PITTSBURGH – When Henrik Lundqvist took teammate Marc Staal’s stick in the right eye late in the first period of Game 1 on Wednesday night, everything changed for the worse.
In a blink, the Penguins’ Patric Hornqvist scored the first of his three goals, and an injured Lundqvist was replaced by backup Antti Raanta, making his NHL postseason debut, a 5-2 loss at CONSOL Energy Center that opened this first-round Stanley Cup Playoff series with a thud.
“He’ll be reevaluated tomorrow (Thursday),” Alain Vigneault said of Lundqvist, who at least did not require a mid-game hospital visit. “I’ll have more news tomorrow.”
But the Blueshirts couldn’t use their goalie’s absence as an excuse. That wasn’t all that did them in.
It took them 43-plus minutes and a two-man advantage to beat third-string Pens goalie Jeff Zatkoff (35 saves) in his own NHL postseason debut, starting for the injured Marc-Andre Fleury and Matt Murray.
Henrik Lundqvist goes down after he takes an inadvertent stick to the eye from teammate Marc Staal.
The Rangers then squandered a comeback attempt from a 2-0 deficit by surrendering Tom Kuhnhackl’s shorthanded goal 5:31 into the third period, pushing the Penguins’ lead to 3-1.
Derek Stepan (two goals) scored 3:10 into the third on a 5-on-3 to make it 2-1, answering Sidney Crosby’s late second-period breakaway rip over Raanta’s left shoulder.
But several Ranger errors allowed Kuhnhackl’s goal on a 2-on-1 feed from Bonino. After the game, Vigneault freely cited the miscues: Rick Nash gave a cursory wave at Kris Letang’s outlet pass and changed as the chance developed; Dan Boyle didn’t move to get back, J.T. Miller lost focus; Keith Yandle misplayed the pass.
“That was definitely a turning point in the game,” the coach said. “We were fighting back. We had good pressure. The puck ended up in the corner, and we had two players who didn’t take a stride to come back, and obviously (Yandle) didn’t play that two-on-one the way he’s supposed to. He’s supposed to have that pass, and it ended up in the back of our net and made our comeback even harder.”
Lundqvist is attended to by the Rangers training staff after the injury.
The Rangers had a 41-3-3 record in the regular season when allowing two or fewer goals in regulation or overtime and a 5-24-6 mark when giving up three or more. Kuhnhackl’s goal was the backbreaker. Hornqvist then scored in the crease for his second of the night and a 4-1 Pittsburgh lead. The Ranger killer added an empty-netter to send hats showering to the ice after Stepan’s second of the game from Boyle and Chris Kreider.
Hornqivst finished with four points. Crosby had a goal and two assists.
Vigneault had “quite a few guys that need to play better,” while the Penguins’ top players ran rampant.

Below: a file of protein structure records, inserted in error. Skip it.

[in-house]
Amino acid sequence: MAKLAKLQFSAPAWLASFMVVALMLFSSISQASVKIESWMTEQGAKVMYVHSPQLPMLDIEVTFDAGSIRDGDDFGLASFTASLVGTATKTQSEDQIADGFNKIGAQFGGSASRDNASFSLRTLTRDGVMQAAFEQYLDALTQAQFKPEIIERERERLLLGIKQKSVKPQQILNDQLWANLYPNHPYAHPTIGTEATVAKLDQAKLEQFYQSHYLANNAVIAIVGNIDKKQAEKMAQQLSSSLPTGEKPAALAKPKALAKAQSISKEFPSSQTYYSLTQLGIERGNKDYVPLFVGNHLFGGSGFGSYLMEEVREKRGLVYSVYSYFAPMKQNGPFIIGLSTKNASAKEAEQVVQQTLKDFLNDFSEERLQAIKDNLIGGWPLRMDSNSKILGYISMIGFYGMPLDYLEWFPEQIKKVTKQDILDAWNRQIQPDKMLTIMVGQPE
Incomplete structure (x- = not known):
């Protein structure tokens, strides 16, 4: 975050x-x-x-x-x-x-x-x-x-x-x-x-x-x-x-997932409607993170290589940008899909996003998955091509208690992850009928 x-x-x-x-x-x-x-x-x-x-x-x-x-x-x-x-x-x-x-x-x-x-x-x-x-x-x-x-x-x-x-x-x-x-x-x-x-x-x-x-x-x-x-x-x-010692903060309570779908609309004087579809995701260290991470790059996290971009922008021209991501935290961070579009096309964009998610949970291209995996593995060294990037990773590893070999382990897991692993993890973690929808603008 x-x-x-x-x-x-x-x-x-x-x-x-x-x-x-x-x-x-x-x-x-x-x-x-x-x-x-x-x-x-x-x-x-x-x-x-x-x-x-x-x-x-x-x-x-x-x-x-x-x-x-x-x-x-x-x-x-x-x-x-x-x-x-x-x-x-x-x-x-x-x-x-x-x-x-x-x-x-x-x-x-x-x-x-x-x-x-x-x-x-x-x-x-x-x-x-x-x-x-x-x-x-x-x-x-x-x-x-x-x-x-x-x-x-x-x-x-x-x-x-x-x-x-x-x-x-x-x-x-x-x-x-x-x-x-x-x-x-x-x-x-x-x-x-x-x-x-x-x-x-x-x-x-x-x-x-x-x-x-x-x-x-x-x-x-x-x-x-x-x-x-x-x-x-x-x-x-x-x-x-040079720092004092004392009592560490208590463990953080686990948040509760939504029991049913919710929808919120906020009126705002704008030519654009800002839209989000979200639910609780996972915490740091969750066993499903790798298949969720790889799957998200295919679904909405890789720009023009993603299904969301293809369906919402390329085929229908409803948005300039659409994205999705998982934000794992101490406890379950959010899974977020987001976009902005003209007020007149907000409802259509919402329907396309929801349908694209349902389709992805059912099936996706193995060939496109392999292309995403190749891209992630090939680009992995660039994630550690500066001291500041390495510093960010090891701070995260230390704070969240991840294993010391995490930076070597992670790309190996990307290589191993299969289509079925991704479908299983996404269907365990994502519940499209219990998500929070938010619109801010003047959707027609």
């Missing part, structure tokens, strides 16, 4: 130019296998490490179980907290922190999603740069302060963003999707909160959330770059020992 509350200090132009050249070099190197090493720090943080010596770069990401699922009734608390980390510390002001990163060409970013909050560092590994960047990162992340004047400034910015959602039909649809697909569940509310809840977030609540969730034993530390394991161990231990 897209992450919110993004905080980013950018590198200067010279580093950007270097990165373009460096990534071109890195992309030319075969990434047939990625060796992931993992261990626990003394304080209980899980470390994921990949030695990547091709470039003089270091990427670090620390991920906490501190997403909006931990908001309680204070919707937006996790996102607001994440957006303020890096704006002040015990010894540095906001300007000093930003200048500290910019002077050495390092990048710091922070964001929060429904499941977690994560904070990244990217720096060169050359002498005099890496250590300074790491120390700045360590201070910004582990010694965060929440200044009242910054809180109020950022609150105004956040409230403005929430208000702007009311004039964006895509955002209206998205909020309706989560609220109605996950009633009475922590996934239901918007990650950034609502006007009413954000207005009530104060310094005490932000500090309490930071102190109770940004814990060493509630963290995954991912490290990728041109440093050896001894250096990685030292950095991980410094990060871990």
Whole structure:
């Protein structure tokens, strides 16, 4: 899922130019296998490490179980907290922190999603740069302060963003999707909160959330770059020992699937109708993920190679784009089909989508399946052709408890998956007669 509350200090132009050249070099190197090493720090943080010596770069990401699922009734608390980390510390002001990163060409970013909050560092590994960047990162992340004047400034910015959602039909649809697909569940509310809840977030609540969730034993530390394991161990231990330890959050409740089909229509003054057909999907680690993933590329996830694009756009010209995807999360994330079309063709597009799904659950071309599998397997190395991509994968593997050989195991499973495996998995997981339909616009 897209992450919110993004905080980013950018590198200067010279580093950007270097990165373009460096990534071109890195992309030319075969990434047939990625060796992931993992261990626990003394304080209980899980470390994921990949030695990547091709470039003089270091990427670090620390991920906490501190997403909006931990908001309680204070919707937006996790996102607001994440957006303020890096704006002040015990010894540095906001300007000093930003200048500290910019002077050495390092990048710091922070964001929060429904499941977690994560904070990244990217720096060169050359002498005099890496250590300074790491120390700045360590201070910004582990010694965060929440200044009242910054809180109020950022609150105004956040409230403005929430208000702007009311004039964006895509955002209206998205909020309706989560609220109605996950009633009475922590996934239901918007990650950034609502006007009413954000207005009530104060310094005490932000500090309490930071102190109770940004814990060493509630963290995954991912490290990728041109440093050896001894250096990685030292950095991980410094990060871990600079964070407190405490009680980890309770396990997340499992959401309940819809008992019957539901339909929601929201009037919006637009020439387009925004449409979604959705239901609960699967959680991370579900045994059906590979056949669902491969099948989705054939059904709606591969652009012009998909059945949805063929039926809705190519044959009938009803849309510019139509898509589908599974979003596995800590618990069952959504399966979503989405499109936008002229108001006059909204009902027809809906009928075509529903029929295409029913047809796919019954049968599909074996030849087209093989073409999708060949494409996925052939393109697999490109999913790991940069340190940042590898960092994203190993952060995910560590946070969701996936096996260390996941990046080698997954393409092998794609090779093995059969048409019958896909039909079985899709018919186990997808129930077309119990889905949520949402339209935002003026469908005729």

“What stings is we talked about doing a job on their top line and we didn’t get the job done against them,” Stepan said. “We can’t give up five goals and expect to win a playoff game.”
Penguins’ Patric Hornqvist slips the puck past Lundqvist for the first of his three goals.
Game 2 is Saturday at 3 p.m. in Pittsburgh before the series goes back to New York.
Hornqivst’s hat trick was a nagging reminder, though, of a dubious distinction for this year’s Blueshirts. They surrendered four hat tricks over the previous five NHL seasons, per Elias Sports Bureau, before giving up four hat tricks in the first 57 games of this season to Edmonton’s Lauri Korpikoski, Washington’s Justin Williams, L.A.’s Anze Kopitar and Chicago’s Artemi Panarin.
The Rangers entered Game 1 confident as underdogs and outshot the Penguins 12-3 early, but they still lost a playoff game in this building for the first time since May 4, 2014, a 3-0 loss in Game 2 of the second-round series they would win in seven games. Vigneault’s team had been 4-0 in the playoffs at CONSOL Energy Center since, winning by a combined score of 11-4 with Lundqvist as their backbone.
Nothing is guaranteed now, after Lundqvist’s fluky yet frightening injury. With 48.2 seconds left in the scoreless first period, Staal was battling Pens rookie center Oskar Sundqvist for position when Staal’s stick blade inadvertently jabbed through Lundqvist’s mask, sending the goalie to the ice, writhing in pain.
Trainer Jim Ramsay appeared to treat Lundqvist’s right eye, but Lundqvist stayed in the game, surrendered Hornqvist’s first with 17.6 seconds left after Conor Sheary won a race with Dan Girardi, and then left for good.
“I felt my stick in his helmet,” Staal said. “I didn’t know where I got him, but anytime he goes out like that, and his legs are kicking, it’s not a good sign. Hopefully it’s something minor.”